In Search of the
Grand Hall of the Odeon Theater
A Birthday/Anniversary Visit
Climbing the stairs from the sparkling clean underground railway -- called a subway in America -- the view is spectacular. The steeple of a majestic church and then the church itself first appears as the stairs are ascended.
Finally at the top of the steps the view is of a splendid platz surrounded by imposing buildings. The heart begins to beat a little faster as the the beautiful surroundings add to the excitement that our first step in the birthday celebration is about to begin.
Paul and Mike have come here to find what remains of the Odeon Theater, the place where Ulrichs gave the first public speech in defense of same-sex love. That was on August 29, 1867, the day after Ulrichs' 42nd birthday. It is here in a building on a square now called Odeonsplatz that the words that would forever change the Gay rights movement were first spoken. It seems fitting that now the Munich annual Gay pride parade ends in this historic place.
A turn to the left of the subway entrance reveals a pale yellow building that is now the Interior Ministry. Wolfram, our guide, informs us that what is left of the Grand Hall of the Odeon Theater is on the inside. Near the entrance of the building are the only two street-side bill boards on the square. Appropriately they announce the right of Gays and Lesbians to marry.
We step into a small reception area where we are greeted by a woman and a police officer behind a glass partition. There is a wall with a rack of pamphlets concerning the work that is done in the ministry. One pamphlet has a short history of the Odeon Theater with a picture of how it was before World War II. We take several. We ask and are given permission to enter the courtyard...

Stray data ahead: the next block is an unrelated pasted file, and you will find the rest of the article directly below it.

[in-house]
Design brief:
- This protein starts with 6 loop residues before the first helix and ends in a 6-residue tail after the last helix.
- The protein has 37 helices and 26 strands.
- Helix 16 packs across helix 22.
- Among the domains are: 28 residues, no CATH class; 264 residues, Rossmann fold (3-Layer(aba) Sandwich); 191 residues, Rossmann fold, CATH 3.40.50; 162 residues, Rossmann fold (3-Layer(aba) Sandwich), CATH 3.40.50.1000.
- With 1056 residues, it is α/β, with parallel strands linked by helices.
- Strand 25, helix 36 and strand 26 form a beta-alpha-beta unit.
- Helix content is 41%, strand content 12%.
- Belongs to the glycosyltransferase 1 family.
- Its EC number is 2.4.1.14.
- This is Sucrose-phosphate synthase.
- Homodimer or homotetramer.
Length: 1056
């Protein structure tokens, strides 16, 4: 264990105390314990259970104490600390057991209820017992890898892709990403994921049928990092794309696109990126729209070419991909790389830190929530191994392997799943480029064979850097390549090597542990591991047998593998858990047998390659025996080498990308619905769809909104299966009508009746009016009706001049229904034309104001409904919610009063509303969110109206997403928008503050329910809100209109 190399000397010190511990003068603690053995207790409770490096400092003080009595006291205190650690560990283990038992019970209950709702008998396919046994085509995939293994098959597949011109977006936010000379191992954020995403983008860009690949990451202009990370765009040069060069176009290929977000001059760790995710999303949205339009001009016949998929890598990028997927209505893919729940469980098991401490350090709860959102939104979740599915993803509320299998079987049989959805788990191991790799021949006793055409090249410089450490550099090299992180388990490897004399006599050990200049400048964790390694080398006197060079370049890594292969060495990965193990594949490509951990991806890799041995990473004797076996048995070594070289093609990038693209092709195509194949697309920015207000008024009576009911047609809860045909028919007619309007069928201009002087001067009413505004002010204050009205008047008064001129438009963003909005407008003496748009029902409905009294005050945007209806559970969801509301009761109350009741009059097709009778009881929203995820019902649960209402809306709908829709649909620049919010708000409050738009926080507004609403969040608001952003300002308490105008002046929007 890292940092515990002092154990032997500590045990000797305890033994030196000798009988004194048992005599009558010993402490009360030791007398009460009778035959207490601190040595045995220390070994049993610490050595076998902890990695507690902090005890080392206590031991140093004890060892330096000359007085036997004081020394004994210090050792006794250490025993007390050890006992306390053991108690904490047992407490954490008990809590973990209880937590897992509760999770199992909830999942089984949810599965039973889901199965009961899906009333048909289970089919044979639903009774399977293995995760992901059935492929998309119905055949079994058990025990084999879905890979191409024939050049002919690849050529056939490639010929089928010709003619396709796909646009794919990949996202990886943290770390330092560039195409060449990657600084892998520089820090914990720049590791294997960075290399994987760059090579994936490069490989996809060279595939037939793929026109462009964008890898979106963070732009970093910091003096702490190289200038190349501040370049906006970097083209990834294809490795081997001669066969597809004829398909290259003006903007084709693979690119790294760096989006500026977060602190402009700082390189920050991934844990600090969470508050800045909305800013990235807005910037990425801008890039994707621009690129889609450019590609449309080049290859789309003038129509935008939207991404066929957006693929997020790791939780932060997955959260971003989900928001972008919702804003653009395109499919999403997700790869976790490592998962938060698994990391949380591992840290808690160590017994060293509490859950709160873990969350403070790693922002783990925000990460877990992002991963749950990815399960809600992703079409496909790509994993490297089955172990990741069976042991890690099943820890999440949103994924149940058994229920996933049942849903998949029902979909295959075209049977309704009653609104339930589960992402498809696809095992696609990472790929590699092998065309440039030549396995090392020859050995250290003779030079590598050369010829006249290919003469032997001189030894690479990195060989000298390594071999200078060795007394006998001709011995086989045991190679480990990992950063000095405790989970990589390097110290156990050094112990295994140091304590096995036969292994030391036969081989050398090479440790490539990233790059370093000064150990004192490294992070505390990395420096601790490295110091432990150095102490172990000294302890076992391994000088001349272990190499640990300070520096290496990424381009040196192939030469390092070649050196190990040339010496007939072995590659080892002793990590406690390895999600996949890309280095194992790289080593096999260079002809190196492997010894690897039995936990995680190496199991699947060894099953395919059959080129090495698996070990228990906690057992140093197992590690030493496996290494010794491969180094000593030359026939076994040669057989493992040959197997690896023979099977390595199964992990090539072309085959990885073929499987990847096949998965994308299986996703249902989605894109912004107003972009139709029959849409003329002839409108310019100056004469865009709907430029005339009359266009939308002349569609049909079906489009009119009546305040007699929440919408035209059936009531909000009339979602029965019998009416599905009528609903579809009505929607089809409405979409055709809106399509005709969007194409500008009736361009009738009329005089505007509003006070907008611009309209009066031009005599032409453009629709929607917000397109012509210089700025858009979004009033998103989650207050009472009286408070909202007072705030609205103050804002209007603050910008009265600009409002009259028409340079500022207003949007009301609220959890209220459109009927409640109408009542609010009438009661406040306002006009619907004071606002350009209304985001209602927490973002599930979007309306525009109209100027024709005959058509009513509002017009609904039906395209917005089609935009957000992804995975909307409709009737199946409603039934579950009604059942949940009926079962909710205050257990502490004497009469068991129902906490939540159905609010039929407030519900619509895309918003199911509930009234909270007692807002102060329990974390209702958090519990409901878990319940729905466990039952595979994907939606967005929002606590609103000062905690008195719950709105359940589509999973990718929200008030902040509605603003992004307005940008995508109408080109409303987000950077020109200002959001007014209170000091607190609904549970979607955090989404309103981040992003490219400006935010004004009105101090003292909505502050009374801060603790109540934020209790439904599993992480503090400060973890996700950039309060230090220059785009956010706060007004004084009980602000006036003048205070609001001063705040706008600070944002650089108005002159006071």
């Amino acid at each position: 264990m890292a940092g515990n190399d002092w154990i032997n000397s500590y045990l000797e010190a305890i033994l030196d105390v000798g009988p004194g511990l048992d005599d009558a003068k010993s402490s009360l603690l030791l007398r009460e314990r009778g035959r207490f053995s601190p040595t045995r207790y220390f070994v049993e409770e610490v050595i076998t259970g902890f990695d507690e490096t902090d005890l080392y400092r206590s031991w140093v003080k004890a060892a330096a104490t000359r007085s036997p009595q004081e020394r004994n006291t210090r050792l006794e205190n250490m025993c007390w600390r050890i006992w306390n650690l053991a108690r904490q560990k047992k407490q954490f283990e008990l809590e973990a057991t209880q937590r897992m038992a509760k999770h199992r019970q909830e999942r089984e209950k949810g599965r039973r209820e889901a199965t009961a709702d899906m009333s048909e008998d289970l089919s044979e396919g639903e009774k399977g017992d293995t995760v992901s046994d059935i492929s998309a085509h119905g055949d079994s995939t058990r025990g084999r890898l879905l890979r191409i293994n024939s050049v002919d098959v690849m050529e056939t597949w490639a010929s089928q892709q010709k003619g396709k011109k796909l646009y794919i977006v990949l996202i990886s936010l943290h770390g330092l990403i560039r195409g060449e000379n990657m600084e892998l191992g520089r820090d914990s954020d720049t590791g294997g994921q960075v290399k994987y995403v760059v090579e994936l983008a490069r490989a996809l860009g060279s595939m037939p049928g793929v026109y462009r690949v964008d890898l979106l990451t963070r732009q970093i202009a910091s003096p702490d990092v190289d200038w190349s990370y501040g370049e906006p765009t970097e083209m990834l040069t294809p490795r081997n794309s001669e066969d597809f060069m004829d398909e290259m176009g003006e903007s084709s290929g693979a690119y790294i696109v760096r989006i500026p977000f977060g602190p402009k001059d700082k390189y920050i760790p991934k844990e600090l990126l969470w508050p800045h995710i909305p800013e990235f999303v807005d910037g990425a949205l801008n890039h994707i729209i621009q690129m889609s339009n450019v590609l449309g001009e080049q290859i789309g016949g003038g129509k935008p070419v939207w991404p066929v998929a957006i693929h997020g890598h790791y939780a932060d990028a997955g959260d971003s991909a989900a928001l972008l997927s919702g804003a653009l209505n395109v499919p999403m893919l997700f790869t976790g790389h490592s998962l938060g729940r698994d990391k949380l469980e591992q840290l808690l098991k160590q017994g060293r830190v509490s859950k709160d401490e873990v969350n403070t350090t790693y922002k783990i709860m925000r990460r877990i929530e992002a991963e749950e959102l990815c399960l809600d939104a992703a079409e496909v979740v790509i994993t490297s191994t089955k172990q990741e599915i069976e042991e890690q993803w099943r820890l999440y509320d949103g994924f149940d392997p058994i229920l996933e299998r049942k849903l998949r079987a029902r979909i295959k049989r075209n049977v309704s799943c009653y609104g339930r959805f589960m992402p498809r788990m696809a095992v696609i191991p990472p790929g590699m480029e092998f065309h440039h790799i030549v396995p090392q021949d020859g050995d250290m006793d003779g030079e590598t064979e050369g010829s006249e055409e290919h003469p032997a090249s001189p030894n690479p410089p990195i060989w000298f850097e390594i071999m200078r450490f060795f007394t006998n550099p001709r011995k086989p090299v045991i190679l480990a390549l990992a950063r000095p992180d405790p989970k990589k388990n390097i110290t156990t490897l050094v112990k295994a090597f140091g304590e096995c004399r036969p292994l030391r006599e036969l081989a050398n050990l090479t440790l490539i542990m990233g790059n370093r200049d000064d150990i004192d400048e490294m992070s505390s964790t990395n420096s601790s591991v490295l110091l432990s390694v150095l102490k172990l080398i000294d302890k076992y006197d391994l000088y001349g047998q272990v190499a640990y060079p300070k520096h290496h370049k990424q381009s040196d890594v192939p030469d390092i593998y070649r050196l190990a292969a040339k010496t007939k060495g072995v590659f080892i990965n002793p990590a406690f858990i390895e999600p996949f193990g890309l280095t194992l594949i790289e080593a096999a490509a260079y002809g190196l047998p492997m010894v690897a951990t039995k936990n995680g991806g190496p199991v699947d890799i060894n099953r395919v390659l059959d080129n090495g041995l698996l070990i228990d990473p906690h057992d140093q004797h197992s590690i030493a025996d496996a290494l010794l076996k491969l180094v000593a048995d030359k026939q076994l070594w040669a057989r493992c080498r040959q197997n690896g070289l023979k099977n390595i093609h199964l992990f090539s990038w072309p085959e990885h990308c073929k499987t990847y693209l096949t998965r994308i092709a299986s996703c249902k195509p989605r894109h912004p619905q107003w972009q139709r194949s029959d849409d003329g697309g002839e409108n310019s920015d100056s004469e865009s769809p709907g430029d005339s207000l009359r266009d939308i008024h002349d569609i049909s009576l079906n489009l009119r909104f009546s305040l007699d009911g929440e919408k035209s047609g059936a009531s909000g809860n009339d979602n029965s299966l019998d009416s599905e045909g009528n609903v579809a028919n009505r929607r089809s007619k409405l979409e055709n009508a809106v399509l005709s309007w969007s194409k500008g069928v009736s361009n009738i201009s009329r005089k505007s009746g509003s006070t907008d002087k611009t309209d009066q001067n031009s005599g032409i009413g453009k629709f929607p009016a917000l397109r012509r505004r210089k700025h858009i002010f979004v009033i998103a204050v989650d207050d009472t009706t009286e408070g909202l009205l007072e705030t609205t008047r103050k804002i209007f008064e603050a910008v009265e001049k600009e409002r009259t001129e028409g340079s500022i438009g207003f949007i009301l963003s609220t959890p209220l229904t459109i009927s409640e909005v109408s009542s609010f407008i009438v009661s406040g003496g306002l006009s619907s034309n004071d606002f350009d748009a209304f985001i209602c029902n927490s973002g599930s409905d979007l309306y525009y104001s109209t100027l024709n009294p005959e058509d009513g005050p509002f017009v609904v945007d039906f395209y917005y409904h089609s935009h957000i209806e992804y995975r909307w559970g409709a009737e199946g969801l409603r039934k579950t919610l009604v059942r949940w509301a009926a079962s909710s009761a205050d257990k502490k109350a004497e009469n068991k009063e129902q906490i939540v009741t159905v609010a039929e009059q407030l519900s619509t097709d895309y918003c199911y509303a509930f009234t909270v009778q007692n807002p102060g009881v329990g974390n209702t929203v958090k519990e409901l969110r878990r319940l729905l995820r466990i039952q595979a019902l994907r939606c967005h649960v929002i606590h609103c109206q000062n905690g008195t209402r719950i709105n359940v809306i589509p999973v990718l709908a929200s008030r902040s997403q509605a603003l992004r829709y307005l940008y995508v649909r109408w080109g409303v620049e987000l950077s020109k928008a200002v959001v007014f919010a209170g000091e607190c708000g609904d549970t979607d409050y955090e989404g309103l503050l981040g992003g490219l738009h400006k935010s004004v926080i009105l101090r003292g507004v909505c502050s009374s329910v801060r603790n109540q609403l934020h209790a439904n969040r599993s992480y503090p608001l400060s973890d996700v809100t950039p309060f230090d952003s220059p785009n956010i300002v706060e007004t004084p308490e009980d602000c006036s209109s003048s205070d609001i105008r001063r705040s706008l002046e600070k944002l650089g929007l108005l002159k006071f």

The eyes mist over,
Smiles stretch our
Mouths -- all is silent.
Then the click, click, click
Of cameras and admonitions
To pose here or there.
All is so quiet. Not for long, as Paul bursts out, "At last, a dream come true." Mouths are stretching with smiles and everyone starts talking at once: "It's inside out;" "We're in what was once the basement;" "Where was the stage?"
Click, click, click go the cameras. Admonitions to pose here, there, together, alone are given.
The floor is made of individual red bricks (cobble stones) set in a circular pattern, with a fountain in the middle. Because the room is open to the sky (is a courtyard), beautiful green moss grows between them. Paul plucks some and puts them in a film container. He intends to take them as a birthday present to Karl in L'Aquila.
He shuffle dances across the stage. This brings the guard into the room but when he sees everyone smiling he says nothing. We can leave happily now. We have found and stood where the great man first fought for our rights.
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